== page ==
Go for a hike! From a leisurely stroll to a strenuous climb, the Roanoke Region has a hike for every skill level.
The climb to Angel’s Rest above Pearisburg is notorious among Appalachian Trail hikers for its punishing incline. You must endure a 1.5-mile, 1,650-ft. climb before you can sprawl over a boulder enjoying the view of the New River. The hike is 4.6 miles round trip.
The well-worn trail leads into a spring-fed ravine and briefly along an old logging road before settling into a consistent, thrashing course of switchbacks. The path crosses over two ancient rockslides and passes through thick poplar and oaks, as well as laurel and rhododendron.
Gradually, the thriving hardwood forest of the lowlands gives way to stunted oaks and shrubs. When you reach the boulders at the top, detour a few hundred feet to the right on a blue-blazed trail for a view of Pearisburg and the twisting New River. The A.T. continues to the crest of Angel’s Rest and follows along a rock ledge overhanging Wilburn Valley for spectacular views.
Apple Orchard Falls is one of Virginia’s tallest and most spectacular waterfalls. Singing streams, dancing down cascades, huge boulders, and thick stands of forest surround stunning vistas and towering bluff lines. The 7.5-mile loop trail is moderately difficult.
Apple Orchard Mountain was named for the nature of the dominant northern red oak forests on its summits and ridges. The weather is so severe on the upper elevations of the mountain that the trees have taken on a stunted appearance, as if they have been trimmed and pruned over the decades.The Appalachian Trail and the Blue Ridge Parkway pass within a short distance of the top of Apple Orchard Mountain.
Beards Gap Trail starts up right side from the Douthat State Park visitor center, and initially passes over a wooden footpath. Follow the blue-blazed trail as it heads up the gap. The trail will make several switchbacks before arriving at the ridge, and intersection of the Bushy Hollow and Mountain Top trails in 1.1 miles.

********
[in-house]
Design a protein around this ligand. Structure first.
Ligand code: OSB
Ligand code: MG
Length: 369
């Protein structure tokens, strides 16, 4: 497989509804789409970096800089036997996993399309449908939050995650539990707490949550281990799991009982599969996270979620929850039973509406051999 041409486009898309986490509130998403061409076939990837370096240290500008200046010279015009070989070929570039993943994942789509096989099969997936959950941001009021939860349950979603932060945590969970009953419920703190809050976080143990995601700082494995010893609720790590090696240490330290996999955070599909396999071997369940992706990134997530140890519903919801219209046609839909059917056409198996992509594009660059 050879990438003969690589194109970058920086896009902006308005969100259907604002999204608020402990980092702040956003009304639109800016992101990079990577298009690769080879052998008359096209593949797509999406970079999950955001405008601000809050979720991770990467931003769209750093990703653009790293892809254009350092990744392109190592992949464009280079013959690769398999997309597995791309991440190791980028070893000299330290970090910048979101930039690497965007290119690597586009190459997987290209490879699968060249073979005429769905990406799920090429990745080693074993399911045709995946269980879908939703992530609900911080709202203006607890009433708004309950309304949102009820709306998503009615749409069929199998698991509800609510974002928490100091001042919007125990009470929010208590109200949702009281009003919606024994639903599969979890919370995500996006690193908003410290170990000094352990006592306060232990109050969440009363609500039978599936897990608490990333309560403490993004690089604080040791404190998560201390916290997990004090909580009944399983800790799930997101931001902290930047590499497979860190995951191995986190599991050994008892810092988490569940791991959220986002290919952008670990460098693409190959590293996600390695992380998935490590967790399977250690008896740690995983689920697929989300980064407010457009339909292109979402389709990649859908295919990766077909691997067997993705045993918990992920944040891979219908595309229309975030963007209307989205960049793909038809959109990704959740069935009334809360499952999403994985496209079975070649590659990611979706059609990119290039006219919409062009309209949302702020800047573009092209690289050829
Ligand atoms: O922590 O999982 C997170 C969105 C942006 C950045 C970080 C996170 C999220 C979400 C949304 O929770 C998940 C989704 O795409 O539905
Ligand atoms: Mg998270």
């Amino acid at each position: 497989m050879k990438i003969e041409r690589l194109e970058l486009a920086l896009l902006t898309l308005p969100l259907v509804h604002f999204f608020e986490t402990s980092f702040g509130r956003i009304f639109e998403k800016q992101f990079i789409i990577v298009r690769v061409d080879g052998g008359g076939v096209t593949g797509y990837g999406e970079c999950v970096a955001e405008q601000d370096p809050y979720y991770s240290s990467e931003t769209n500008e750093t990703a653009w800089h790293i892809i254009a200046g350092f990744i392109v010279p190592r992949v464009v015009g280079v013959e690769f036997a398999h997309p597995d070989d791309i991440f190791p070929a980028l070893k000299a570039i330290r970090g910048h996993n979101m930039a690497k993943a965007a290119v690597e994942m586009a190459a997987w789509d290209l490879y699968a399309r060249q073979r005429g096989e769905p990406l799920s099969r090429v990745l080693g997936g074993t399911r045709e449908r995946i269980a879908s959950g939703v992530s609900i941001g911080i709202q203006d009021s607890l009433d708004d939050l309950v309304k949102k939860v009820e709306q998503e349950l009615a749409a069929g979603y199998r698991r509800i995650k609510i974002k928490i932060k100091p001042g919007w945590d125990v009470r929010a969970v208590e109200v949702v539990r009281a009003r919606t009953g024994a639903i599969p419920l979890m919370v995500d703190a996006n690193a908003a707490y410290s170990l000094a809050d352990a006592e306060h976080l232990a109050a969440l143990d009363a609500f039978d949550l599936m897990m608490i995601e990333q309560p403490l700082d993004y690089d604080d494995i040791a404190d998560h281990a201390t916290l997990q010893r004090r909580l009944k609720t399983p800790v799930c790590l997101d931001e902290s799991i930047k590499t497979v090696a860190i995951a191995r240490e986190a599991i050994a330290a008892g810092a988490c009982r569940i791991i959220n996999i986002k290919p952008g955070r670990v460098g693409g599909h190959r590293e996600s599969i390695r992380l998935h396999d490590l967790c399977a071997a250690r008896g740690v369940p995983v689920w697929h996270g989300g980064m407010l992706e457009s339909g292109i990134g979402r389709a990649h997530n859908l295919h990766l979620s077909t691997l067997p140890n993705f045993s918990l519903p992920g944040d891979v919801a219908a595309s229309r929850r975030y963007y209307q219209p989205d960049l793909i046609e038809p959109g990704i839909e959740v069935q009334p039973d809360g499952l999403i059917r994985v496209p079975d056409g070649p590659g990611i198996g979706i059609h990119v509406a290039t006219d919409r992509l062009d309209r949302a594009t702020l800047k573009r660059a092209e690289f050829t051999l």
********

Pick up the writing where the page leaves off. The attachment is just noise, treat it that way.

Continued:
Follow several other trails for a 5+ mile loop hike.
The Blue Suck Falls Trail is a 8-mile moderate to difficult multi-use trail that connects several of the trails in the northwest region of the park to the trail head near the visitor center at Douthat State Park.
The falls and trail get their unusual name from the Appalachian term for a whirlpool or a “suck,” which may be found at the base of the falls. At higher elevations, the trail traverses the ridge top, often along a narrow path, and connects to the George Washington National Forest trail network. The trail features several east facing overlooks of the Alleghenies such as Lookout Rock. A highlight of the trail are the views of Blue Suck Falls. This rocky trail is actually steeper and more difficult at lower elevations.
Bottom Creek is a powerful mountain stream that forms a stair-step series of broad-basin waterfalls known as the “kettles.” One of the headwater streams of the South Fork of the Roanoke River, Bottom Creek boasts a 200-foot high waterfall. Flanking Bottom Creek are forests of mixed hardwoods (tulip poplar, maple, oak, hickory) and upland meadows. Five rare species thrive in this habitat.
Buck Mountain Trail is a very short trail that takes you away from the parking lot and instantly into a virtually untouched spot in nature. There are rocks to climb, trees to explore and wonderful spots to sit and listen to the birds around you.
Buck Mountain Trail is located in the upper parking lot of Roanoke Mountain Loop Road, located off the Blue Ridge Parkway at Milepost 120.